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losemore about lose

lose


  5  definitions  found 
 
  From  Webster's  Revised  Unabridged  Dictionary  (1913)  [web1913]: 
 
  Lose  \Lose\,  v.  t.  [imp.  &  p.  p.  {Losing}.]  [OE.  losien  to 
  loose,  be  lost,  lose,  AS  losian  to  become  loose;  akin  to  OE 
  leosen  to  lose,  p.  p.  loren,  lorn,  AS  le['o]san,  p.  p.  loren 
  (in  comp.),  D.  verliezen  G.  verlieren  Dan.  forlise,  Sw 
  f["o]rlisa,  f["o]rlora,  Goth.  fraliusan  also  to  E.  loose,  a 
  &  v.,  L.  luere  to  loose,  Gr  ?,  Skr.  l?  to  cut.  [root]127. 
  Cf  {Analysis},  {Palsy},  {Solve},  {Forlorn},  {Leasing}, 
  {Loose},  {Loss}.] 
  1.  To  part  with  unintentionally  or  unwillingly,  as  by 
  accident,  misfortune,  negligence,  penalty,  forfeit,  etc.; 
  to  be  deprived  of  as  to  lose  money  from  one's  purse  or 
  pocket,  or  in  business  or  gaming;  to  lose  an  arm  or  a  leg 
  by  amputation;  to  lose  men  in  battle. 
 
  Fair  Venus  wept  the  sad  disaster  Of  having  lost  her 
  favorite  dove.  --Prior. 
 
  2.  To  cease  to  have  to  possess  no  longer;  to  suffer 
  diminution  of  as  to  lose  one's  relish  for  anything  to 
  lose  one's  health. 
 
  If  the  salt  hath  lost  his  savor,  wherewith  shall  it 
  be  salted  ?  --Matt.  v.  13. 
 
  3.  Not  to  employ;  to  employ  ineffectually;  to  throw  away  to 
  waste;  to  squander;  as  to  lose  a  day  to  lose  the 
  benefits  of  instruction. 
 
  The  unhappy  have  but  hours,  and  these  they  lose. 
  --Dryden. 
 
  4.  To  wander  from  to  miss,  so  as  not  to  be  able  to  and  to 
  go  astray  from  as  to  lose  one's  way 
 
  He  hath  lost  his  fellows.  --Shak 
 
  5.  To  ruin;  to  destroy;  as  destroy;  as  the  ship  was  lost  on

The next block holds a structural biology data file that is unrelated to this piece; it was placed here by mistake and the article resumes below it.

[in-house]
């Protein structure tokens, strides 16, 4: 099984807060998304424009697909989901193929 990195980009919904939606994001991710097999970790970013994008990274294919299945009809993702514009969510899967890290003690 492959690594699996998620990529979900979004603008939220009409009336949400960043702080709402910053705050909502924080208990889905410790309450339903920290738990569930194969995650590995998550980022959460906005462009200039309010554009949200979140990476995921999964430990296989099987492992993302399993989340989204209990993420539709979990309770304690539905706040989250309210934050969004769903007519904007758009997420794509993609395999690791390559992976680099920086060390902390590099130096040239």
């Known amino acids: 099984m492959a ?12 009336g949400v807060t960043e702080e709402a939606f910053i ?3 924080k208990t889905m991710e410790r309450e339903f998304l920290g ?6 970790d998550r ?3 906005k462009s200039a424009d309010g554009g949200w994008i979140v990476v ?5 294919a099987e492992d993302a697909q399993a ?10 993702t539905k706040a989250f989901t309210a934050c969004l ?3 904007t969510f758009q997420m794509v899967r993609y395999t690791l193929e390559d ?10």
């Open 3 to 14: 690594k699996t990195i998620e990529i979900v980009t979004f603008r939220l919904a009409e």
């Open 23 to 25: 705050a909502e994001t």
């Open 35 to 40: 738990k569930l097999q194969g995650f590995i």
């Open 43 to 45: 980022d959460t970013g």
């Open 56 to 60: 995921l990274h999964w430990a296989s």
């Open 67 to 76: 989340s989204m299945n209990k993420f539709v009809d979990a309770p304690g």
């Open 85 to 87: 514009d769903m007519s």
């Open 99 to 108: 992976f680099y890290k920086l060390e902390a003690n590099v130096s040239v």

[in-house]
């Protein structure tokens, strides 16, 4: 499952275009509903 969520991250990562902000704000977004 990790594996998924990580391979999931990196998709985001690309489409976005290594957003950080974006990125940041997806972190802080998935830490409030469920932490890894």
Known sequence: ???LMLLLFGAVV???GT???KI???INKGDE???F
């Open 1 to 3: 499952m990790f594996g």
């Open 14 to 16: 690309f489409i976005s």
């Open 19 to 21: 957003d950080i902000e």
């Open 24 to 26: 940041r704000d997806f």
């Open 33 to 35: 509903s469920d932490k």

the  ledge. 
 
  The  woman  that  deliberates  is  lost.  --Addison. 
 
  6.  To  be  deprived  of  the  view  of  to  cease  to  see  or  know  the 
  whereabouts  of  as  he  lost  his  companion  in  the  crowd. 
 
  Like  following  life  thro'  creatures  you  dissect,  You 
  lose  it  in  the  moment  you  detect.  --Pope. 
 
  7.  To  fail  to  obtain  or  enjoy;  to  fail  to  gain  or  win;  hence 
  to  fail  to  catch  with  the  mind  or  senses  to  miss;  as  I 
  lost  a  part  of  what  he  said 
 
  He  shall  in  no  wise  lose  his  reward.  --Matt.  x.  42. 
 
  I  fought  the  battle  bravely  which  I  lost,  And  lost 
  it  but  to  Macedonians.  --Dryden. 
 
  8.  To  cause  to  part  with  to  deprive  of  [R.] 
 
  How  should  you  go  about  to  lose  him  a  wife  he  loves 
  with  so  much  passion  ?  --Sir  W. 
  Temple. 
 
  9.  To  prevent  from  gaining  or  obtaining. 
 
  O  false  heart  !  thou  hadst  almost  betrayed  me  to 
  eternal  flames,  and  lost  me  this  glory.  --Baxter. 
 
  {To  lose  ground},  to  fall  behind;  to  suffer  gradual  loss  or 
  disadvantage. 
 
  {To  lose  heart},  to  lose  courage;  to  become  timid.  ``The 
  mutineers  lost  heart.''  --Macaulay. 
 
  {To  lose  one's  head},  to  be  thrown  off  one's  balance;  to  lose 
  the  use  of  one's  good  sense  or  judgment. 
 
  In  the  excitement  of  such  a  discovery,  many  scholars 
  lost  their  heads.  --Whitney. 
 
  {To  lose  one's  self}. 
  a  To  forget  or  mistake  the  bearing  of  surrounding